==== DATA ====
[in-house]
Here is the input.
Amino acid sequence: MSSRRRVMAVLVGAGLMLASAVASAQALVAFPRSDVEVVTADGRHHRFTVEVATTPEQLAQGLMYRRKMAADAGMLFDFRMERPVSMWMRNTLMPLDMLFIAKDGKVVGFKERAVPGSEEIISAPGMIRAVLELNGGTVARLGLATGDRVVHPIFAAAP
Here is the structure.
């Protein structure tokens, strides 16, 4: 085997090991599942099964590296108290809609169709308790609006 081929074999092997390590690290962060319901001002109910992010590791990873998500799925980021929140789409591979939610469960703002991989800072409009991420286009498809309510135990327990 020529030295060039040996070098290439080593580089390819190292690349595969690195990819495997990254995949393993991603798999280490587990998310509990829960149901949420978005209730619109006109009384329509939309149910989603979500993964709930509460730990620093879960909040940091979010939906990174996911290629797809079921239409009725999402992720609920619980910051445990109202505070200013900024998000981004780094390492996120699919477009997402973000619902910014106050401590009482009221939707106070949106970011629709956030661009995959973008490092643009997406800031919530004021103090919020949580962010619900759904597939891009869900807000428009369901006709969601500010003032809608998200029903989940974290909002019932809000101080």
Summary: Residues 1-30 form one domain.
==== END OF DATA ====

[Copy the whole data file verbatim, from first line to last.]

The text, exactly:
[in-house]
Here is the input.
Amino acid sequence: MSSRRRVMAVLVGAGLMLASAVASAQALVAFPRSDVEVVTADGRHHRFTVEVATTPEQLAQGLMYRRKMAADAGMLFDFRMERPVSMWMRNTLMPLDMLFIAKDGKVVGFKERAVPGSEEIISAPGMIRAVLELNGGTVARLGLATGDRVVHPIFAAAP
Here is the structure.
């Protein structure tokens, strides 16, 4: 085997090991599942099964590296108290809609169709308790609006 081929074999092997390590690290962060319901001002109910992010590791990873998500799925980021929140789409591979939610469960703002991989800072409009991420286009498809309510135990327990 020529030295060039040996070098290439080593580089390819190292690349595969690195990819495997990254995949393993991603798999280490587990998310509990829960149901949420978005209730619109006109009384329509939309149910989603979500993964709930509460730990620093879960909040940091979010939906990174996911290629797809079921239409009725999402992720609920619980910051445990109202505070200013900024998000981004780094390492996120699919477009997402973000619902910014106050401590009482009221939707106070949106970011629709956030661009995959973008490092643009997406800031919530004021103090919020949580962010619900759904597939891009869900807000428009369901006709969601500010003032809608998200029903989940974290909002019932809000101080």
Summary: Residues 1-30 form one domain.